Austin Central Library prepares for grand opening

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Photo Credit: Madi Beavers | Daily Texan Staff

Everything’s bigger in Texas, and with the grand opening of the new Austin Central Library, the proof is in the pages.

Reading rooms overlooking Lady Bird Lake, a rooftop garden and a technology petting zoo, where visitors can interact with 3-D printers and other innovative technologies, are some of the library’s newest upgrades. Open to readers and visitors on Oct. 28, the library’s family-friendly grand-opening event will feature live music and special lectures.

“We moved in all the books from the old library … (and) ordered a lot of new books to add to the collection that already have been delivered to the new library,” said Kanya Lyons, Austin Public Library public information specialist. “We will have more space for physical material in the new building as well as technology.”

The new Central branch will be available for use seven days a week after its opening festivities and will feature a combination of books and technology. 

Like Austin Public Library’s other branches, Lyons said the new Central Library will not discriminate against members of the public who might be experiencing homelessness or extreme poverty and will welcome everyone alike. 

“Everyone is welcome to come and use our resources,” Lyons said. “We have people from all walks of life who use the library. We have working professionals who come to cohort families with children (and) elderly people who come here to look for a job.”

Additionally, Lyons said the library tries to make an effort to provide necessary resources for visitors depending on their circumstance, such as a program it recently did with social work interns from Texas State University who helped connect homeless individuals with caseworkers and life resources. 

Nancy Nicolas, a visitor who attended a preview of the library on Sunday, said in addition to the valuable resources it has available, she looks forward to how this place will become a learning environment for her family. She said she hopes the library will unite the community and future generations.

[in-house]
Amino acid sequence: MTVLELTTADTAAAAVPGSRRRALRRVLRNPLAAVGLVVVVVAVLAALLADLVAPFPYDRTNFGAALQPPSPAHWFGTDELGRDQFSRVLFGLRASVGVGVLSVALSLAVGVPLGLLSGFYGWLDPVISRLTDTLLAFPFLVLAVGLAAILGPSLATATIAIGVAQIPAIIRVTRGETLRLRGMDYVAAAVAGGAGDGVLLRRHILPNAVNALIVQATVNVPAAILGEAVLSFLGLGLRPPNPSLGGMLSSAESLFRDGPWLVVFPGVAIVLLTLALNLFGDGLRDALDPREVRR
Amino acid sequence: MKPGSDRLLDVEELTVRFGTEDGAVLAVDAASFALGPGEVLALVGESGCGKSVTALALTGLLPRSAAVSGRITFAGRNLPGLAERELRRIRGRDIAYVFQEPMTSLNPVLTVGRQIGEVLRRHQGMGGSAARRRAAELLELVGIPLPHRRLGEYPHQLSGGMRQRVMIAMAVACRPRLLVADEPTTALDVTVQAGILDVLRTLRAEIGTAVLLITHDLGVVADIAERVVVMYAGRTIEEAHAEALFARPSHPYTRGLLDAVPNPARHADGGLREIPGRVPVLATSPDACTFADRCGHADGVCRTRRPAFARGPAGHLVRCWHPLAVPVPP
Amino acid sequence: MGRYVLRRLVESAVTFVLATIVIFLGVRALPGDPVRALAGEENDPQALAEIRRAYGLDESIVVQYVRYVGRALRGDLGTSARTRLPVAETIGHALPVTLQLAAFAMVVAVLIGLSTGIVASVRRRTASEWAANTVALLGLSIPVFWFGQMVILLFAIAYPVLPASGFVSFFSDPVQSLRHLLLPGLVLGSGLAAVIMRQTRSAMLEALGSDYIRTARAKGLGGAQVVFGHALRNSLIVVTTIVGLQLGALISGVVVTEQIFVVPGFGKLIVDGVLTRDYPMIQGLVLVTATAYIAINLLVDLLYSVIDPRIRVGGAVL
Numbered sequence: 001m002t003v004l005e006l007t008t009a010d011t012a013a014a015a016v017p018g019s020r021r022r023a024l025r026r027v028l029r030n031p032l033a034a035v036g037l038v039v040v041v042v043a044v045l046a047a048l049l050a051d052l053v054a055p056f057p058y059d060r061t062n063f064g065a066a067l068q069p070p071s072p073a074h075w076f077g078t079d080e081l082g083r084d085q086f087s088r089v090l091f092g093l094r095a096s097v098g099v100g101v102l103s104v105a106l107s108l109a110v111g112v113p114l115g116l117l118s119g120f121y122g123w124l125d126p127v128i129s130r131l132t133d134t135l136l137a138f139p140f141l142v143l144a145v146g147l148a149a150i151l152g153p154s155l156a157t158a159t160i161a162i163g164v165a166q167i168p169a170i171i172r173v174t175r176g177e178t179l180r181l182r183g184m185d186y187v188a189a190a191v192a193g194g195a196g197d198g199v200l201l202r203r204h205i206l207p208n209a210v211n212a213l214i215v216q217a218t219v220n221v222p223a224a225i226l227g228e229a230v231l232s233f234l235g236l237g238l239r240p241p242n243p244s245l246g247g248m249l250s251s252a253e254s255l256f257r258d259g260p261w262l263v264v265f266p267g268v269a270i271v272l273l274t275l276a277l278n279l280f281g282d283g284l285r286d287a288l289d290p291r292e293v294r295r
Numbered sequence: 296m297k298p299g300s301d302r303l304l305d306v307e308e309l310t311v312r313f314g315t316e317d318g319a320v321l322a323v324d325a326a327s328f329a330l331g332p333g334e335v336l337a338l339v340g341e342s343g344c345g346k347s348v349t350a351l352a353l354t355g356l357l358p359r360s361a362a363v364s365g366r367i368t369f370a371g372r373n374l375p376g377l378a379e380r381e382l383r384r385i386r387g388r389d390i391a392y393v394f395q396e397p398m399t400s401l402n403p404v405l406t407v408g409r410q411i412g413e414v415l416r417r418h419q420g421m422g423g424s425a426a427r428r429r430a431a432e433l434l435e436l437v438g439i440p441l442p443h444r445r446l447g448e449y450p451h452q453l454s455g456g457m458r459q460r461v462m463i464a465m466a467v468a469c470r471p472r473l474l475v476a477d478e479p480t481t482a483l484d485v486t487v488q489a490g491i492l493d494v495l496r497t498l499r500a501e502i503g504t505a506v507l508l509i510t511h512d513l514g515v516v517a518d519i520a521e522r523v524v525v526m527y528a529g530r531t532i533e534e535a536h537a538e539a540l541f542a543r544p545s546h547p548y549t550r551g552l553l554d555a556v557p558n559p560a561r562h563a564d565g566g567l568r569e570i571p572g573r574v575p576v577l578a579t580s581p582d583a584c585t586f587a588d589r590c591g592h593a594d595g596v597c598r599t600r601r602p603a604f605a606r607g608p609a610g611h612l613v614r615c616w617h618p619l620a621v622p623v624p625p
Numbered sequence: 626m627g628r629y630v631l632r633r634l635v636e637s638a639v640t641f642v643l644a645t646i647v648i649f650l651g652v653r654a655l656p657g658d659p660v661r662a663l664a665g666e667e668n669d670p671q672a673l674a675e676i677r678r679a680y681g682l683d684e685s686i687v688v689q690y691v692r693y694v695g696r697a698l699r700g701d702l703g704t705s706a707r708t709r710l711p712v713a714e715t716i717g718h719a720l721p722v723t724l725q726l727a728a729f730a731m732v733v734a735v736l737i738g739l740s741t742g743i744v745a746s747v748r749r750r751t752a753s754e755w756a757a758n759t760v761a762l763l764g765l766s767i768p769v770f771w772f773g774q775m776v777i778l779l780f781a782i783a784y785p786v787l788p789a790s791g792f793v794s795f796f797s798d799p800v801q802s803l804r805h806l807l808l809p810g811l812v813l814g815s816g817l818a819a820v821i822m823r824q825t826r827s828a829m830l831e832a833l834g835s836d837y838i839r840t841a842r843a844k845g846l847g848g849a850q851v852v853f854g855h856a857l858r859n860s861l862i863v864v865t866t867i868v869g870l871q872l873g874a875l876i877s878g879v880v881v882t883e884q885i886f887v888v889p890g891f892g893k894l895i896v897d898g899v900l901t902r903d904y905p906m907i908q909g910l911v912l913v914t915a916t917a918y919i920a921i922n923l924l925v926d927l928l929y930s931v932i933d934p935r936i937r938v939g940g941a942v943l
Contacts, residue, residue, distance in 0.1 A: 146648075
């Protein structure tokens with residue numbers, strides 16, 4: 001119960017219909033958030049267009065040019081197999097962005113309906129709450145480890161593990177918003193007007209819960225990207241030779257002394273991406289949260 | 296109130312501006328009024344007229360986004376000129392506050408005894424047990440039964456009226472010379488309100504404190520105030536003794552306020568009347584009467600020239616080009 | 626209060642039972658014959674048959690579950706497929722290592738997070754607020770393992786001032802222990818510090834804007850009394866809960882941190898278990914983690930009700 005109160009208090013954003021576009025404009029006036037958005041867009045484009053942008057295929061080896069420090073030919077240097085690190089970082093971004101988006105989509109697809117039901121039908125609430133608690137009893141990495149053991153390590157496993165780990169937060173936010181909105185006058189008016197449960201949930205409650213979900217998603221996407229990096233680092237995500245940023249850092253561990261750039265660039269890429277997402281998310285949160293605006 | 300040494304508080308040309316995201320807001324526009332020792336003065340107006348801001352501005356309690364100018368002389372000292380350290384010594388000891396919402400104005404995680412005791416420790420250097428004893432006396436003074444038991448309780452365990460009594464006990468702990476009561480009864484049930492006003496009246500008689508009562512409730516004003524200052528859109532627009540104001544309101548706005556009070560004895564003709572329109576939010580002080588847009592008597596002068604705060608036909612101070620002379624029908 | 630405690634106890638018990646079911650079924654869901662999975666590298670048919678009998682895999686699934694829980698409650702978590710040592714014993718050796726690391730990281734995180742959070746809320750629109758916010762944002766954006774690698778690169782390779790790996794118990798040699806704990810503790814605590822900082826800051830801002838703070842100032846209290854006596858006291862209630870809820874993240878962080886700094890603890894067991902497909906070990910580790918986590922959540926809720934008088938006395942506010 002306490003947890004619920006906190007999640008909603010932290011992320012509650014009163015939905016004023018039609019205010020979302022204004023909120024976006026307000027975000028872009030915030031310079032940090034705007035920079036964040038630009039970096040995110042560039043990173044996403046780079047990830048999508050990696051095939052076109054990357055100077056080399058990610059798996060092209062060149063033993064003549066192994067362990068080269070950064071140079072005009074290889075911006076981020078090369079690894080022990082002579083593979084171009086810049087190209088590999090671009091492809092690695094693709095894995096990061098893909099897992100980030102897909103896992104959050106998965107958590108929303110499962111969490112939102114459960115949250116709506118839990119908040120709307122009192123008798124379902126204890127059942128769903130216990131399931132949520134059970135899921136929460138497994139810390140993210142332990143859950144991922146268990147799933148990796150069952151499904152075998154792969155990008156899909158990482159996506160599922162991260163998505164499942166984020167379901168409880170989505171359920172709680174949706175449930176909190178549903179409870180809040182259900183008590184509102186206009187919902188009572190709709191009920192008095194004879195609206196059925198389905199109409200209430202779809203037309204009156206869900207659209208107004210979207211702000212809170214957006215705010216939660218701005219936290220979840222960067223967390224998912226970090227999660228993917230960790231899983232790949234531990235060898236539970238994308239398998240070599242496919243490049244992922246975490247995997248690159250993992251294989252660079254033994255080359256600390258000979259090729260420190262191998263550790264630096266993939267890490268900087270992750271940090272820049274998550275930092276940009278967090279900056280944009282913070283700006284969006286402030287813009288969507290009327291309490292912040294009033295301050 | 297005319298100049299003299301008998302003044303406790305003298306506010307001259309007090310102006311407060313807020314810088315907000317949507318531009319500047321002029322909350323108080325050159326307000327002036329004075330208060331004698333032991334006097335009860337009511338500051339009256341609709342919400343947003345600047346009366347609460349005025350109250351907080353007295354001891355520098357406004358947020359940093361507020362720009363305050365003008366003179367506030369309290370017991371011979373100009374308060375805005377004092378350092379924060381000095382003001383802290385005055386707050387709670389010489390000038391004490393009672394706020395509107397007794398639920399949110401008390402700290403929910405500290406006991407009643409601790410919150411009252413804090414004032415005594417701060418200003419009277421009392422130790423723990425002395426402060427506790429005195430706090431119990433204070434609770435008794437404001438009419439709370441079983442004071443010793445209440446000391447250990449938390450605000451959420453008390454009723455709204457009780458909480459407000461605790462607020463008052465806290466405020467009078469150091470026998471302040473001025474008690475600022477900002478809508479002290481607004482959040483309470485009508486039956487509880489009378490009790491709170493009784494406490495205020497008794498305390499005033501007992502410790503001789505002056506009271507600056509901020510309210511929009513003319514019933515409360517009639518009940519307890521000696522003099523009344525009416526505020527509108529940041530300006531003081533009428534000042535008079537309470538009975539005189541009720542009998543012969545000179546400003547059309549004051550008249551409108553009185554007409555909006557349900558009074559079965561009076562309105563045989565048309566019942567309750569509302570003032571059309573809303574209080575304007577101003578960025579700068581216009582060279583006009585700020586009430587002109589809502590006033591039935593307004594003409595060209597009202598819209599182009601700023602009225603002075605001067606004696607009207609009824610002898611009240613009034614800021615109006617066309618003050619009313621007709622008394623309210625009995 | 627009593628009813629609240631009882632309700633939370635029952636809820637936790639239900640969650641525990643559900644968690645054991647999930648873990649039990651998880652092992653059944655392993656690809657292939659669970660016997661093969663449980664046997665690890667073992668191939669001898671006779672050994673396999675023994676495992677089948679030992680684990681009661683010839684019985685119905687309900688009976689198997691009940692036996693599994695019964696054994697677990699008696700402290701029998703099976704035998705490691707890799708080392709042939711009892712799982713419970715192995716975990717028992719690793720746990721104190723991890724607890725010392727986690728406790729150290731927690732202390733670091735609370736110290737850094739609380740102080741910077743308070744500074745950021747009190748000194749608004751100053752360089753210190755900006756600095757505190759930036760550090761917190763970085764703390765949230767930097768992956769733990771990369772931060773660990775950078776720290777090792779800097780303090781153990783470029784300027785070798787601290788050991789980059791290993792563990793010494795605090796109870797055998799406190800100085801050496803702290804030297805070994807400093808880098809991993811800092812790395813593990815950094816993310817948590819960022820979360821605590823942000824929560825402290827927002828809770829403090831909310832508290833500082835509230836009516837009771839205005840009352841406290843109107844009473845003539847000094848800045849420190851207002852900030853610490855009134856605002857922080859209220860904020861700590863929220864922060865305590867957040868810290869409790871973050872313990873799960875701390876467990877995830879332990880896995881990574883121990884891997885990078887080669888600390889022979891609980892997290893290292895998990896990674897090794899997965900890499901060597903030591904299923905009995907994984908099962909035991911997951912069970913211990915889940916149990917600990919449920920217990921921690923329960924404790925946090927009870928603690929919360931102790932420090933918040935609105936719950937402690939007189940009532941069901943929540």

“I hope it continues to keep my kids humble,” Nicolas said. “I hope it becomes even more of a cultural center so that our kids and the other families that use it continue to be exposed to a wider variety of families, diverse cultures and populations.”

After getting a first look at the library’s features, Nicolas said the new design is more inviting to visitors in comparison to the smaller spaces of the former Faulk Central Library. She said seeing the city invest in a literary project of this magnitude makes her feel proud of both the library and of Austin. 

“(It’s great) to have such a nice library in such a nice location that reflects on the priorities of the city and the values that we share,” Nicolas said.

As an Austinite who grew up visiting Faulk Central Library, Betsey Culliton said she’s excited to visit with her own family now and experience the ways it could bring together today’s community. 

“When I was a kid I would go with my mom down to Central and hang out there all day on the weekends (to) do research for middle school projects,” Culliton said. “To have a touchstone like that in the community is fantastic.”

During a Sunday preview of the library for media and some members of the public, Lyons said she was happy to see adults and children alike enjoying the amenities. 

“The members of the public with their families were just giddy, taking photos and very excited to use this landmark resource that is really here for the people of Austin,” Lyons said.